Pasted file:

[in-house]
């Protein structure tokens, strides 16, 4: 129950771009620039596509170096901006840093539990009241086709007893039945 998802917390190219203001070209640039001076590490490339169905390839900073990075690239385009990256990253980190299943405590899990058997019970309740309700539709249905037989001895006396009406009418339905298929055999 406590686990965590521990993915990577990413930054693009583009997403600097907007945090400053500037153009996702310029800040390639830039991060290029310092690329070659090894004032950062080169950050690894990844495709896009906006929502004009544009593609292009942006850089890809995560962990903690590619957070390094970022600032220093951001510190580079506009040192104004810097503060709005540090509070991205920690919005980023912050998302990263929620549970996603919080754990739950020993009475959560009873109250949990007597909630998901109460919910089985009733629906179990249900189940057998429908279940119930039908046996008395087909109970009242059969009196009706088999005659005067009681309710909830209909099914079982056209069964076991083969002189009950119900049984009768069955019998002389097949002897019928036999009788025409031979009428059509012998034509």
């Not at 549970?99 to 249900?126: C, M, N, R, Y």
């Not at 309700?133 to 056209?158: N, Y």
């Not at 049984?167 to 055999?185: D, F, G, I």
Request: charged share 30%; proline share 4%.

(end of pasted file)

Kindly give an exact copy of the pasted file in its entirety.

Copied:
[in-house]
């Protein structure tokens, strides 16, 4: 129950771009620039596509170096901006840093539990009241086709007893039945 998802917390190219203001070209640039001076590490490339169905390839900073990075690239385009990256990253980190299943405590899990058997019970309740309700539709249905037989001895006396009406009418339905298929055999 406590686990965590521990993915990577990413930054693009583009997403600097907007945090400053500037153009996702310029800040390639830039991060290029310092690329070659090894004032950062080169950050690894990844495709896009906006929502004009544009593609292009942006850089890809995560962990903690590619957070390094970022600032220093951001510190580079506009040192104004810097503060709005540090509070991205920690919005980023912050998302990263929620549970996603919080754990739950020993009475959560009873109250949990007597909630998901109460919910089985009733629906179990249900189940057998429908279940119930039908046996008395087909109970009242059969009196009706088999005659005067009681309710909830209909099914079982056209069964076991083969002189009950119900049984009768069955019998002389097949002897019928036999009788025409031979009428059509012998034509």
């Not at 549970?99 to 249900?126: C, M, N, R, Y």
């Not at 309700?133 to 056209?158: N, Y």
């Not at 049984?167 to 055999?185: D, F, G, I």
Request: charged share 30%; proline share 4%.